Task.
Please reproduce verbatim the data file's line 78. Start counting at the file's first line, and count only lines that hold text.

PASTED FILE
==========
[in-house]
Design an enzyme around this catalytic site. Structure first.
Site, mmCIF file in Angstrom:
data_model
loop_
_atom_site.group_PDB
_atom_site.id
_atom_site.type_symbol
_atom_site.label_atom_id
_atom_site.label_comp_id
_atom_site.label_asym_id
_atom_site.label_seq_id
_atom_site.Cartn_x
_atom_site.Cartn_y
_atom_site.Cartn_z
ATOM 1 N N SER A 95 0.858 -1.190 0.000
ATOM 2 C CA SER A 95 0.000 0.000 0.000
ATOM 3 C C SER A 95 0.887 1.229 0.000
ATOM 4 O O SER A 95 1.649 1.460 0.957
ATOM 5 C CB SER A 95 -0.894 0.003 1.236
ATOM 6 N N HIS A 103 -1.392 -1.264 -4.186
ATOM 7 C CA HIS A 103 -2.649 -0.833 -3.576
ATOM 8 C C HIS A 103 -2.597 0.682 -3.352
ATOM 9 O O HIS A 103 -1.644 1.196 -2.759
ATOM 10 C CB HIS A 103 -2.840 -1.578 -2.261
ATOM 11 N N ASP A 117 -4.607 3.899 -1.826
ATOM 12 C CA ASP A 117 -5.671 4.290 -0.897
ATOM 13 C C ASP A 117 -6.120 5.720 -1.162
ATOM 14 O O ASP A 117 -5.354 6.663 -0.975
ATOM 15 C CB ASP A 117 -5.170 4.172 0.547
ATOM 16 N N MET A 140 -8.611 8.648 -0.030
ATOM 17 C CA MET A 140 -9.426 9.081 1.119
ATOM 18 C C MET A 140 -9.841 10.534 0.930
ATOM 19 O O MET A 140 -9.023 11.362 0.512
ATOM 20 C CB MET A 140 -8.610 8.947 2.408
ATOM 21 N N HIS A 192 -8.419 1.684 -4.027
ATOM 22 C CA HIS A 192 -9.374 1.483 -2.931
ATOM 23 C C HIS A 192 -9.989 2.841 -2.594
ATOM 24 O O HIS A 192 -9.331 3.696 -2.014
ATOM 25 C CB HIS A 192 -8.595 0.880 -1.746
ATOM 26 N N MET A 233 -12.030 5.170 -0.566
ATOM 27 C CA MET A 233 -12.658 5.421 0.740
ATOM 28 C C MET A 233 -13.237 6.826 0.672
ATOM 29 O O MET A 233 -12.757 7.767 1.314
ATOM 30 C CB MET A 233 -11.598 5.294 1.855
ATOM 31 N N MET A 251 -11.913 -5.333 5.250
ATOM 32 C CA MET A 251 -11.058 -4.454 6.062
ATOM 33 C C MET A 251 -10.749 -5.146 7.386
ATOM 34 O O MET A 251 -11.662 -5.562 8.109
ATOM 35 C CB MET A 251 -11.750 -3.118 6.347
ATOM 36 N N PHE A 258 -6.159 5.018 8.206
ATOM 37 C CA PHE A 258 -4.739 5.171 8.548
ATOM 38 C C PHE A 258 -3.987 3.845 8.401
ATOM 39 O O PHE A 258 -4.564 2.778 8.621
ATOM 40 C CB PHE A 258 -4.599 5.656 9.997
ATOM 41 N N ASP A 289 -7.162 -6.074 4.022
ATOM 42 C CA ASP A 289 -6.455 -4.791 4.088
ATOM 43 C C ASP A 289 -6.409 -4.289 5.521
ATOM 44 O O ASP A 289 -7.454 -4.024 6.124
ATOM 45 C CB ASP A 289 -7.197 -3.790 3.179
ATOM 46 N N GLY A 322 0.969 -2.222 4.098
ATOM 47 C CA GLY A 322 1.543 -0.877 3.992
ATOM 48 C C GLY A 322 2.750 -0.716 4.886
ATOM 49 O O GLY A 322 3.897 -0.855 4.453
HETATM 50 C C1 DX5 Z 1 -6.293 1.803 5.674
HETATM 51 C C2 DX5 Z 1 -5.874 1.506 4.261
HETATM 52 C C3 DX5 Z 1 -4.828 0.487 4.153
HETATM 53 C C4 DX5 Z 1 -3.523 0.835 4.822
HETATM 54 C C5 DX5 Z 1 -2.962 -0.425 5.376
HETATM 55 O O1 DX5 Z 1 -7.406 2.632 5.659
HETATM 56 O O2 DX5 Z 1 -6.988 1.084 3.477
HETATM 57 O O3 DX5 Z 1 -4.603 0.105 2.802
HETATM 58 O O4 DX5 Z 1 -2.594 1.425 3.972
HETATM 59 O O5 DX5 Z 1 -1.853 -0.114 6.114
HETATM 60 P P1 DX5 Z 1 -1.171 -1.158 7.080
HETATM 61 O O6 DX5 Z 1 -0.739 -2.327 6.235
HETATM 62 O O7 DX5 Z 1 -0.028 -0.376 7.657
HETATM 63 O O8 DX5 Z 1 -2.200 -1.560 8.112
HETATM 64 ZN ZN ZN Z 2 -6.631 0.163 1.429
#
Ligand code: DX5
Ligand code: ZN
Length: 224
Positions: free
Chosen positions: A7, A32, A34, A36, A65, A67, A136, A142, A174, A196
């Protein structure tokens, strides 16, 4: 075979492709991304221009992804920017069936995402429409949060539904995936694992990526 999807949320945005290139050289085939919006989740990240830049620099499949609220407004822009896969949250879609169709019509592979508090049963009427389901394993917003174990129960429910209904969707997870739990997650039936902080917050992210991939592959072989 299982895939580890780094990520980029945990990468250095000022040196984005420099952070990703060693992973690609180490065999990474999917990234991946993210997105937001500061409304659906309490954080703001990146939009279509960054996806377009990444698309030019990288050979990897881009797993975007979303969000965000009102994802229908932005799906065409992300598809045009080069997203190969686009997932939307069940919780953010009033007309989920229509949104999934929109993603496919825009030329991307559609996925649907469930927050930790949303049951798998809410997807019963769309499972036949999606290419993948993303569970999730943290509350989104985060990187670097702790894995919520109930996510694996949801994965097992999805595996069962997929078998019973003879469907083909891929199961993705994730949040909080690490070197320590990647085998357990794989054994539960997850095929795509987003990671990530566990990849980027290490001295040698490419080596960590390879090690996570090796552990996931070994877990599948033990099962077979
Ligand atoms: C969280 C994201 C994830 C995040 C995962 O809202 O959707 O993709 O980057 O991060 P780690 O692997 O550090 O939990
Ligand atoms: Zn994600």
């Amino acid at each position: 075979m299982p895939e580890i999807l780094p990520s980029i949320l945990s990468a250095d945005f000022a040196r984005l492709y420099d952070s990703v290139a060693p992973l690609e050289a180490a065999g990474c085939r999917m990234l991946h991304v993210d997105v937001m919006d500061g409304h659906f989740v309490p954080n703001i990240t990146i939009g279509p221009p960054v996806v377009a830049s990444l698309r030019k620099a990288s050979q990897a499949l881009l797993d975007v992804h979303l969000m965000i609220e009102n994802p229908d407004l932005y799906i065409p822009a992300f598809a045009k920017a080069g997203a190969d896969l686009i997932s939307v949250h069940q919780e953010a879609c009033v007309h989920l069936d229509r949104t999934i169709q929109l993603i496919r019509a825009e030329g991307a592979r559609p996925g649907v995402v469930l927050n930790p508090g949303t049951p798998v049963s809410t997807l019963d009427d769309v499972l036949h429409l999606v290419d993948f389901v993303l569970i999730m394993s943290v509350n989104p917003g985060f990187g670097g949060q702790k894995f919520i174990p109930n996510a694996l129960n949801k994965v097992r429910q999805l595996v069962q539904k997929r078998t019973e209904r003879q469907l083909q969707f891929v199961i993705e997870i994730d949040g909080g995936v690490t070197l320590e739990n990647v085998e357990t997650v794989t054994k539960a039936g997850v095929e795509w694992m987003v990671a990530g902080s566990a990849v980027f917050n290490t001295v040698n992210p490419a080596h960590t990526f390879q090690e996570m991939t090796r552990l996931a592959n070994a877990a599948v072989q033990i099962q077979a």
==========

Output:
HETATM 63 O O8 DX5 Z 1 -2.200 -1.560 8.112